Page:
Quadrangle proposes Neighbourhood Nests for community resilience
Change is all around us.
While some of the change is good, some is threatening to bring a lot of stress into our lives. And I don’t think I need to remind anyone just how quickly things can change.
So how do we adapt in a way that will allow us to respond and recover from sudden and stressful changes?
Maybe we can learn from nature. One of nature’s superpowers is resiliency: its ability to withstand or recover from difficult conditions. A key characteristic of resilience is redundancy: having such a rich network of connections that the loss of one connection does not jeopardize the stability of the whole. Think of this as the difference between having a tenuous foothold on a cliff face, to having a robust root system anchoring you in place. More bonds create more resiliency.
This infrastructure includes both the physical realities of sidewalks, buildings, pipes and wires that provide shelter, water, power and communications and also the soft systems such as social connections. Both are critical to fostering strong communities.
In Toronto, we have a great existing social infrastructure of public amenities such as libraries and recreation centres. But think of how much more resilient our network would be if we could add even more opportunities for making connections within a finer-grained layer of easily accessible social gather spaces throughout our neighbourhoods.
We believe that there is a real opportunity to create these neighbourhood gathering places by reimaging the internalized private amenity spaces that we already provide in all new housing, as welcoming, open community assets. Places to foster the social bonds that make resilient neighbourhoods. We could call them neighbourhood nests.
The neighbourhood nests that we imagine would be unpretentious, welcoming, and have three main physical characteristics. They would signal opportunities to pause for a moment, stay for a while and return to enjoy a variety of resources and activities.
Invitations to pause would include elements such as a seatwall along the sidewalk for resting and people watching, movable patio chairs to allow for flexible seating arrangements, and a generous canopy to both provide shelter and mark a welcoming entry door.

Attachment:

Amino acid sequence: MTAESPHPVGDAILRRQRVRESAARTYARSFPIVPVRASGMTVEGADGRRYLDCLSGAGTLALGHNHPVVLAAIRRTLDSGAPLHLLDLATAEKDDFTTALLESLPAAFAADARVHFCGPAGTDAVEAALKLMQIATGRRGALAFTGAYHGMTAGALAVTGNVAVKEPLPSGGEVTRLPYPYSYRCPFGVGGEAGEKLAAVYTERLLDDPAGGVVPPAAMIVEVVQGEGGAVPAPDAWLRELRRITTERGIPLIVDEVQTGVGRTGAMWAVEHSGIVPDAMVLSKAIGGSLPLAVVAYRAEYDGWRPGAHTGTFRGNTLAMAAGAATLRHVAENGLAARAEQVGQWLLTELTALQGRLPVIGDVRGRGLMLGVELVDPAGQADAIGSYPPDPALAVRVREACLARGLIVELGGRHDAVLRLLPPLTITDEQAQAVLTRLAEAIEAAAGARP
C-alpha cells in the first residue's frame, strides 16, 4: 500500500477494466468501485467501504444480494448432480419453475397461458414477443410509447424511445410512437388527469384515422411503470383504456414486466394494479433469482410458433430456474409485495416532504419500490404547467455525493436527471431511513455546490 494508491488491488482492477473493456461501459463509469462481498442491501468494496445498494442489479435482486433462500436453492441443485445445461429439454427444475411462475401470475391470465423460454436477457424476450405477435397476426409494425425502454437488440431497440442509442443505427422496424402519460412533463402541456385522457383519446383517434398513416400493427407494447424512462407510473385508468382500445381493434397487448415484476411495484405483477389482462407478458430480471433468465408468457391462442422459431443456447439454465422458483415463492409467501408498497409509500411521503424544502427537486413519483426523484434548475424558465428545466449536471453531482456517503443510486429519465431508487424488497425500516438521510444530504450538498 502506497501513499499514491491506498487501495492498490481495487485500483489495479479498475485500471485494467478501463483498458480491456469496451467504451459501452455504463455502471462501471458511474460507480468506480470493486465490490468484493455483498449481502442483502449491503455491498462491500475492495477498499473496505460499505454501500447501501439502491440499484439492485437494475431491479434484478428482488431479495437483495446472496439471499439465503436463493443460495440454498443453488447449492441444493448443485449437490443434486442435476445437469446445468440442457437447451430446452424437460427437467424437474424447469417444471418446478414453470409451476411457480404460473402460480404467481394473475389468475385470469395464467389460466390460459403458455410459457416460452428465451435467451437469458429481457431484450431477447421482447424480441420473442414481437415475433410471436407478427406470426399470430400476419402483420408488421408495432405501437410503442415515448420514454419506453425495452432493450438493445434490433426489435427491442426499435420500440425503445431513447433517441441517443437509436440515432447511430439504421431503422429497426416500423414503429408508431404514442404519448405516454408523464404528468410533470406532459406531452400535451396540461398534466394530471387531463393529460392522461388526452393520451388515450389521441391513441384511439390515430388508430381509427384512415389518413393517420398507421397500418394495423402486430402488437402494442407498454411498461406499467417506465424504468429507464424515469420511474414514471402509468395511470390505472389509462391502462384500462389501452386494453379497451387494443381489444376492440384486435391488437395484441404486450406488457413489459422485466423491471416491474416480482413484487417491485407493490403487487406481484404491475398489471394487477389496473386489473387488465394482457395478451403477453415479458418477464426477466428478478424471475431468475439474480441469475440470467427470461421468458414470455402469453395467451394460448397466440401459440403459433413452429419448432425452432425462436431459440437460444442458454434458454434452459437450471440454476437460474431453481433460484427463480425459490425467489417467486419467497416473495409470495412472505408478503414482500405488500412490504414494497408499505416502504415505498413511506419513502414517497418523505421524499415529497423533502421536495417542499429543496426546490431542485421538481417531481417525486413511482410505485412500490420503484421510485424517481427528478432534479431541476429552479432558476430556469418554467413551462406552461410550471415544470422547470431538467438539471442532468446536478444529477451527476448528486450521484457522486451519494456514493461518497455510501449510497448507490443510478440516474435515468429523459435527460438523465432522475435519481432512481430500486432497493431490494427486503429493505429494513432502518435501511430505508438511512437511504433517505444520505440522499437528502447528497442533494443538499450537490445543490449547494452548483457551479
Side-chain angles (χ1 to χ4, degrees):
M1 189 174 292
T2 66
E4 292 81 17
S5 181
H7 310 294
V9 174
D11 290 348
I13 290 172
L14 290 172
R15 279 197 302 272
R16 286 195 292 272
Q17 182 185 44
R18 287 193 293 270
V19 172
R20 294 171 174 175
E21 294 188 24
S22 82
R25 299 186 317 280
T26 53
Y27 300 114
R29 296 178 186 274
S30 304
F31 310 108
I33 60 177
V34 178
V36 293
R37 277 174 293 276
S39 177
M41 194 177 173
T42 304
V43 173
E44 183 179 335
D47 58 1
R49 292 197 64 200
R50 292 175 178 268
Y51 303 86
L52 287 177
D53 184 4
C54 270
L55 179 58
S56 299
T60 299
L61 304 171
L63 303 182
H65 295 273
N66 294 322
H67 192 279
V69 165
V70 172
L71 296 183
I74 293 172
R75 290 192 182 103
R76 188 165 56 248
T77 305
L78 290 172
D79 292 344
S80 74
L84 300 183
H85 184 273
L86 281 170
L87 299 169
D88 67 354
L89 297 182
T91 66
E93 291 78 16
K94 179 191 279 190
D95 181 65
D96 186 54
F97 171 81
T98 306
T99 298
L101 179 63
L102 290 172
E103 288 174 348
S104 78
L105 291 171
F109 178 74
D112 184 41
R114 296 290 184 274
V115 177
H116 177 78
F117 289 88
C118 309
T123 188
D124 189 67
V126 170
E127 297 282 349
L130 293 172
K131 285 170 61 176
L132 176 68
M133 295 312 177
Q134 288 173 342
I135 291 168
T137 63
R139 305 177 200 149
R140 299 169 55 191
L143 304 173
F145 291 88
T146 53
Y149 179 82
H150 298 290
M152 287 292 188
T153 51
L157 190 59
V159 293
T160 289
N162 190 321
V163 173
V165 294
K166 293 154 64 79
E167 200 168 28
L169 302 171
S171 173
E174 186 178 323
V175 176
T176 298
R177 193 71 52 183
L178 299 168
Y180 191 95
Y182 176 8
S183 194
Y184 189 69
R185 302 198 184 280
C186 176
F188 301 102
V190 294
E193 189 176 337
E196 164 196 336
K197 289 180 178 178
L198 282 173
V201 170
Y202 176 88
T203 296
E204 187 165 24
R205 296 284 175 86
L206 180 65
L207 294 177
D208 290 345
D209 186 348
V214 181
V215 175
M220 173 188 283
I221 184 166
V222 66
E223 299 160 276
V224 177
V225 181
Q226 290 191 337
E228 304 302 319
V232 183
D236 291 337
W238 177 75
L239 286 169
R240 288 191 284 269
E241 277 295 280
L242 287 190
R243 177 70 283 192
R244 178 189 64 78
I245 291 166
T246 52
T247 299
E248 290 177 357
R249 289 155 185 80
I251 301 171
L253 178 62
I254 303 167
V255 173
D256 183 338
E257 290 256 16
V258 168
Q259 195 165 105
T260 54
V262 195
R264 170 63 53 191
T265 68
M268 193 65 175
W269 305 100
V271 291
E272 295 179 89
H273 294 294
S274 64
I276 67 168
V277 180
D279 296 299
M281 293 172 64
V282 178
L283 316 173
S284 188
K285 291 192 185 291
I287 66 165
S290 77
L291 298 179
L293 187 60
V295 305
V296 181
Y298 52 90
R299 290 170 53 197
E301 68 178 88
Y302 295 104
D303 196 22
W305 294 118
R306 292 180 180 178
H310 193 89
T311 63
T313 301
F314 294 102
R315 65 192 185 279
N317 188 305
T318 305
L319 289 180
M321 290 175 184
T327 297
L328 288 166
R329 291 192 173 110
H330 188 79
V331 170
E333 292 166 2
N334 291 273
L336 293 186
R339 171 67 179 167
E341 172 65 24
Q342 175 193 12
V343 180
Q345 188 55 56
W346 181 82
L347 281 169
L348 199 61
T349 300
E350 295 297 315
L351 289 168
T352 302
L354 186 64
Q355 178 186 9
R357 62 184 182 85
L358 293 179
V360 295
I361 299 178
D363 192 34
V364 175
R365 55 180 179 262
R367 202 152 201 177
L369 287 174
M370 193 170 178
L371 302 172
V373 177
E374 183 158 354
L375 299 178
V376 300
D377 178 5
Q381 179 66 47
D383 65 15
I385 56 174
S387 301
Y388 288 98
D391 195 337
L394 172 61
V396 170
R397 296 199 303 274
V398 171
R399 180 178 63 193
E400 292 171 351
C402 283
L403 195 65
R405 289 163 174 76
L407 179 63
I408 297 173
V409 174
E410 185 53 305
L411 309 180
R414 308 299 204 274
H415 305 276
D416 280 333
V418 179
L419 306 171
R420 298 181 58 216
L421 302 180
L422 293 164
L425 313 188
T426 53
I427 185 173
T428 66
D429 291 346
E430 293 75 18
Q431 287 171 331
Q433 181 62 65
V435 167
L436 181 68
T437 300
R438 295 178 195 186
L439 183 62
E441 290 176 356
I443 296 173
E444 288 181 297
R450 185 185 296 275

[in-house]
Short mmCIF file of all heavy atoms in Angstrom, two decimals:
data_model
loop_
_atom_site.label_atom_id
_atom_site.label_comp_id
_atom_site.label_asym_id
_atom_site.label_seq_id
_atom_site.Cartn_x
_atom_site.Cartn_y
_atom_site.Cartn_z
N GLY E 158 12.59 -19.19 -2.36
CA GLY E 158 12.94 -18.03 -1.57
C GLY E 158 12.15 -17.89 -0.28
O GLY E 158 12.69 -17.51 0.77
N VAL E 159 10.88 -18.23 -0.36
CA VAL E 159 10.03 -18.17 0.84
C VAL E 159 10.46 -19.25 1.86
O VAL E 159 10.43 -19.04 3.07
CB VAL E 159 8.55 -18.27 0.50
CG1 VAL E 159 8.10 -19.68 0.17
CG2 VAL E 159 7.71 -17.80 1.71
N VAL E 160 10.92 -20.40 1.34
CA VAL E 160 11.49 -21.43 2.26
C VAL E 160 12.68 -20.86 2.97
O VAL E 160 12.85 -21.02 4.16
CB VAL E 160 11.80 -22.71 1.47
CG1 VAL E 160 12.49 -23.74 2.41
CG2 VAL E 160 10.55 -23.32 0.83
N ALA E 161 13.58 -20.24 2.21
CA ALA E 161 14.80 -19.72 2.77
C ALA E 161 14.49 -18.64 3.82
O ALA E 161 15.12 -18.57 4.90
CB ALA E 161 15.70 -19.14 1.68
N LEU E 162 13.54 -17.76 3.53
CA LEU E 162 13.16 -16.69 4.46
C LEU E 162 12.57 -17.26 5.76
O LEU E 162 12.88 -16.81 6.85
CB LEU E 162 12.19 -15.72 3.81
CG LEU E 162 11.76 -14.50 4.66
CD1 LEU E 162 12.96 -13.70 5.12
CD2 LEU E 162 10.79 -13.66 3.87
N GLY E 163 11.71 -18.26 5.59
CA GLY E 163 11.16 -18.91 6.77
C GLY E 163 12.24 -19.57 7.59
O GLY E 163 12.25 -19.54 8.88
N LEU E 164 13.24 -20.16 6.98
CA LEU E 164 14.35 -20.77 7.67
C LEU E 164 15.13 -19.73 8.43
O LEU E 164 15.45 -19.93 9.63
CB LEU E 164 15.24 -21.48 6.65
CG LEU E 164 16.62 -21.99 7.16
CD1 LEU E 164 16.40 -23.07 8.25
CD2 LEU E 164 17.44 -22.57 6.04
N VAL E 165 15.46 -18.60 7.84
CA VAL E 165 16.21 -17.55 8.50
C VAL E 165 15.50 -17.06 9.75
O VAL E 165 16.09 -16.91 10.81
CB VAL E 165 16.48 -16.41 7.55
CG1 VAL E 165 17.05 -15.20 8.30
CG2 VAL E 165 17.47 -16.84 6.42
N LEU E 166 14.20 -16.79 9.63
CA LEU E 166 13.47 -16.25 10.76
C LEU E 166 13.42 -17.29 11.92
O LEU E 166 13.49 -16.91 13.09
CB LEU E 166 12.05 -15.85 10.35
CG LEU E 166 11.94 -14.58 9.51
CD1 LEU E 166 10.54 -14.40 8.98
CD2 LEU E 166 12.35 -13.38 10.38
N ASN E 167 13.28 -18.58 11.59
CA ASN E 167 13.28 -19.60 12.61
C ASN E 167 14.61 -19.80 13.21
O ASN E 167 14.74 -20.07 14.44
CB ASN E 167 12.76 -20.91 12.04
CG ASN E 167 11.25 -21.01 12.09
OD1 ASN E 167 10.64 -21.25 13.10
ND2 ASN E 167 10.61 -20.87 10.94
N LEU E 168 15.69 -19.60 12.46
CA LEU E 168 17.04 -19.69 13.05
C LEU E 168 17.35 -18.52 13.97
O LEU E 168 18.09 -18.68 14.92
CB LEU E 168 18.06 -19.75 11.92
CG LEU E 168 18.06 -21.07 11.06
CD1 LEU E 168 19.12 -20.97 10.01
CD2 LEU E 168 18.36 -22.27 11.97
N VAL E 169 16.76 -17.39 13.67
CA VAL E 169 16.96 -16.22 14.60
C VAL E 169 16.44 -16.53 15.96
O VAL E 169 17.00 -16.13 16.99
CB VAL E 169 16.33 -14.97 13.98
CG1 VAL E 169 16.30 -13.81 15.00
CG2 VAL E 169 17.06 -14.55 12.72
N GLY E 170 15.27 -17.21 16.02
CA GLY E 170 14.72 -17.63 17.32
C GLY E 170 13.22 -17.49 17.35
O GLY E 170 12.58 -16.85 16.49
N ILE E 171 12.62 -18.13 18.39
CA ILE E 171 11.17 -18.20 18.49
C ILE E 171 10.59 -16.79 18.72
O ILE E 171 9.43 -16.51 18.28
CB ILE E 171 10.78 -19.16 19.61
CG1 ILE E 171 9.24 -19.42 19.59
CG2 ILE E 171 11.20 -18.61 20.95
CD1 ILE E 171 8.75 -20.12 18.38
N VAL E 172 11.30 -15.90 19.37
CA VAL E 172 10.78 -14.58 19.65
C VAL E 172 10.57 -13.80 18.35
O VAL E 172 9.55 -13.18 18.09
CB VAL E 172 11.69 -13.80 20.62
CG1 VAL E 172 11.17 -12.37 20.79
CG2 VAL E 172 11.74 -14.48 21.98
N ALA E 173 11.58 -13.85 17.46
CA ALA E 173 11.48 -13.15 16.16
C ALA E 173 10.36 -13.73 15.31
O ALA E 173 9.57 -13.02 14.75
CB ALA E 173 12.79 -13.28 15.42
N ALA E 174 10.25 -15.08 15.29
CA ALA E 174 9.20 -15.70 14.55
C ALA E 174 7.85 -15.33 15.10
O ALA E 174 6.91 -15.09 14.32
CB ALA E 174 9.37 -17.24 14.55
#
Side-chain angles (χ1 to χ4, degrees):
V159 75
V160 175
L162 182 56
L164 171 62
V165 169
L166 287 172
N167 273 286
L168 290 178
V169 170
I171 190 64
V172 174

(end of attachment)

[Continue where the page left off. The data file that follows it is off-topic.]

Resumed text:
Invitations to stay could be provided by a variety of seating opportunities, including long tables with room to spread out but still encourage casual conversation, high tables for standing, sitting or quick, low-pressure encounters, soft seating for longer stays and nooks at the periphery of the action for quiet moments.
Invitations to return could be encouraged by embedding accessible design elements and enough flexibility to host a wide variety of functions and resources, including a counter for coffee and snacks, a games library, postings for changing local events such as a book club, a music event or a farmers market.
Neighbourhood nests also need a welcoming presence to animate and set the tone of the place. While most residential buildings have security guards that function mostly as passive gatekeepers, we propose reframing the job description to facilitate inclusive community engagement. We think of this person as the nest curator.
Their human touch will ensure that these welcoming neighourhood nests become vital components of the social infrastructure.
On top of this, we would add a robust hard infrastructure of back-up services including: an adaptive communications network, a continuous clean water supply, refrigeration for medical and other essential supplies, a heating, air conditioning and filtration system to enhance air quality, all backed up on an emergency power supply.
The rich and resilient connections to services and people will create a network of resources that will help us respond to the stresses that can be brought on by extreme weather or other unforseen crises. In those cases, neighbourhood nests can transition into the nodes where we can gather to take shelter, plan next steps, coordinate emergency provisions, and pool resources.
Or when physical distancing is the appropriate response, as in our current condition, these places can become the robust communications hub that will keep people connected to one another, providing the information they need, and flexibility to act as emergency supply distribution hubs for a variety of critical needs.
Once the stressful conditions start to dissipate, the flexible design of these neighbourhood nests can facilitate recovery at a pace that works for the circumstance. They can become the places where people might start planning next steps for an appropriate re-entry to daily life . . . . reintegrating some core activities . . . slowly re-establishing social events . . . and finally re-establishing familiar routines.
Since change is all around us, we believe that these resilient places are essential to fostering the strong communities we need to respond and recover from the stress events that rapid change can bring. Ultimately, neighbourhood nests are great and flexible human spaces. Let’s start a conversation to discuss how we can create these places together.